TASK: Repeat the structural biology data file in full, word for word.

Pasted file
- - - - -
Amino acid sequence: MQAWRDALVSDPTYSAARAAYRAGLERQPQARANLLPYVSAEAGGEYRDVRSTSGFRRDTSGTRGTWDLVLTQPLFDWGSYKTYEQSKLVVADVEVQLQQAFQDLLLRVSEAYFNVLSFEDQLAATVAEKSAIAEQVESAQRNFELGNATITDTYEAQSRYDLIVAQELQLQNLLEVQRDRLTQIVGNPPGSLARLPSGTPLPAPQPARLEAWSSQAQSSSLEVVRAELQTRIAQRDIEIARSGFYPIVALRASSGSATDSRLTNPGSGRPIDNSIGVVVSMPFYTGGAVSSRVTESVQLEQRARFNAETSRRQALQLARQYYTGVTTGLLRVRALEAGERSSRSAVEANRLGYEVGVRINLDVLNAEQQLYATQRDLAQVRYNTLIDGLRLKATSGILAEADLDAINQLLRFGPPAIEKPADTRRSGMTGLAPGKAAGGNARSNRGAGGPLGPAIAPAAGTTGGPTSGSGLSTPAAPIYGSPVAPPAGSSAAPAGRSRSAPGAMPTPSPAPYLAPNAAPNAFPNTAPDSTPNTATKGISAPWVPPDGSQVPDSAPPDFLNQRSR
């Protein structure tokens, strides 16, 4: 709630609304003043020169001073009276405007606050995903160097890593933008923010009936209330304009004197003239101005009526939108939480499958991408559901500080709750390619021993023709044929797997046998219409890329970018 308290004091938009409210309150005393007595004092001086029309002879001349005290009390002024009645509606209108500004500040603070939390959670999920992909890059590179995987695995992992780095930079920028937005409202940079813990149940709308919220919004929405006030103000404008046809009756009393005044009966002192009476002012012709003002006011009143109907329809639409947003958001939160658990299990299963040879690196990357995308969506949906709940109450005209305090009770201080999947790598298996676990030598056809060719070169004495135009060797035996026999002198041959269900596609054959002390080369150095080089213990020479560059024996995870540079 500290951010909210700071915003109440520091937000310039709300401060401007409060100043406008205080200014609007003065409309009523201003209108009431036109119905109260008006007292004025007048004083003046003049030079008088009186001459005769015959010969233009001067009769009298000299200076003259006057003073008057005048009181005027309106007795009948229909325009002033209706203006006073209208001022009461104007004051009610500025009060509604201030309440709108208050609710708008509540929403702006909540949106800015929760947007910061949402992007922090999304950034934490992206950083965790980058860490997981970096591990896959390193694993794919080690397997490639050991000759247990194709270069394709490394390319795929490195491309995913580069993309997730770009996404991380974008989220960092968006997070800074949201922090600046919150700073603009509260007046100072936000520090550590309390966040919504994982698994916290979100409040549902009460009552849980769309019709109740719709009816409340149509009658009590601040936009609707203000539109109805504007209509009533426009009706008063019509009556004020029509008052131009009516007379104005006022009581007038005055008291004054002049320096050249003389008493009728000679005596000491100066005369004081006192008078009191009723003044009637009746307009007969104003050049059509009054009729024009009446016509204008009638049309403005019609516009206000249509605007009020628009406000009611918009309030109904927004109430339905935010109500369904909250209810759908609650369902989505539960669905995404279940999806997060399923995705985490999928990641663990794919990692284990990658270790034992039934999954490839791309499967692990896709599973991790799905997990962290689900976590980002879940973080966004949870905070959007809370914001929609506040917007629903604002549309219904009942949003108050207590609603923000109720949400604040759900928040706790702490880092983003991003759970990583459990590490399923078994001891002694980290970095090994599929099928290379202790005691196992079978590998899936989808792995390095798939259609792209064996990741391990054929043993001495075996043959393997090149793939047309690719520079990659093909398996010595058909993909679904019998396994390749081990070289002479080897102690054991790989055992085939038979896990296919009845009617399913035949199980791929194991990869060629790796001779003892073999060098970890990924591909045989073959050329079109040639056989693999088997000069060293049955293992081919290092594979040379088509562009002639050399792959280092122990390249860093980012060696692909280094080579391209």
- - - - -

Amino acid sequence: MQAWRDALVSDPTYSAARAAYRAGLERQPQARANLLPYVSAEAGGEYRDVRSTSGFRRDTSGTRGTWDLVLTQPLFDWGSYKTYEQSKLVVADVEVQLQQAFQDLLLRVSEAYFNVLSFEDQLAATVAEKSAIAEQVESAQRNFELGNATITDTYEAQSRYDLIVAQELQLQNLLEVQRDRLTQIVGNPPGSLARLPSGTPLPAPQPARLEAWSSQAQSSSLEVVRAELQTRIAQRDIEIARSGFYPIVALRASSGSATDSRLTNPGSGRPIDNSIGVVVSMPFYTGGAVSSRVTESVQLEQRARFNAETSRRQALQLARQYYTGVTTGLLRVRALEAGERSSRSAVEANRLGYEVGVRINLDVLNAEQQLYATQRDLAQVRYNTLIDGLRLKATSGILAEADLDAINQLLRFGPPAIEKPADTRRSGMTGLAPGKAAGGNARSNRGAGGPLGPAIAPAAGTTGGPTSGSGLSTPAAPIYGSPVAPPAGSSAAPAGRSRSAPGAMPTPSPAPYLAPNAAPNAFPNTAPDSTPNTATKGISAPWVPPDGSQVPDSAPPDFLNQRSR
């Protein structure tokens, strides 16, 4: 709630609304003043020169001073009276405007606050995903160097890593933008923010009936209330304009004197003239101005009526939108939480499958991408559901500080709750390619021993023709044929797997046998219409890329970018 308290004091938009409210309150005393007595004092001086029309002879001349005290009390002024009645509606209108500004500040603070939390959670999920992909890059590179995987695995992992780095930079920028937005409202940079813990149940709308919220919004929405006030103000404008046809009756009393005044009966002192009476002012012709003002006011009143109907329809639409947003958001939160658990299990299963040879690196990357995308969506949906709940109450005209305090009770201080999947790598298996676990030598056809060719070169004495135009060797035996026999002198041959269900596609054959002390080369150095080089213990020479560059024996995870540079 500290951010909210700071915003109440520091937000310039709300401060401007409060100043406008205080200014609007003065409309009523201003209108009431036109119905109260008006007292004025007048004083003046003049030079008088009186001459005769015959010969233009001067009769009298000299200076003259006057003073008057005048009181005027309106007795009948229909325009002033209706203006006073209208001022009461104007004051009610500025009060509604201030309440709108208050609710708008509540929403702006909540949106800015929760947007910061949402992007922090999304950034934490992206950083965790980058860490997981970096591990896959390193694993794919080690397997490639050991000759247990194709270069394709490394390319795929490195491309995913580069993309997730770009996404991380974008989220960092968006997070800074949201922090600046919150700073603009509260007046100072936000520090550590309390966040919504994982698994916290979100409040549902009460009552849980769309019709109740719709009816409340149509009658009590601040936009609707203000539109109805504007209509009533426009009706008063019509009556004020029509008052131009009516007379104005006022009581007038005055008291004054002049320096050249003389008493009728000679005596000491100066005369004081006192008078009191009723003044009637009746307009007969104003050049059509009054009729024009009446016509204008009638049309403005019609516009206000249509605007009020628009406000009611918009309030109904927004109430339905935010109500369904909250209810759908609650369902989505539960669905995404279940999806997060399923995705985490999928990641663990794919990692284990990658270790034992039934999954490839791309499967692990896709599973991790799905997990962290689900976590980002879940973080966004949870905070959007809370914001929609506040917007629903604002549309219904009942949003108050207590609603923000109720949400604040759900928040706790702490880092983003991003759970990583459990590490399923078994001891002694980290970095090994599929099928290379202790005691196992079978590998899936989808792995390095798939259609792209064996990741391990054929043993001495075996043959393997090149793939047309690719520079990659093909398996010595058909993909679904019998396994390749081990070289002479080897102690054991790989055992085939038979896990296919009845009617399913035949199980791929194991990869060629790796001779003892073999060098970890990924591909045989073959050329079109040639056989693999088997000069060293049955293992081919290092594979040379088509562009002639050399792959280092122990390249860093980012060696692909280094080579391209």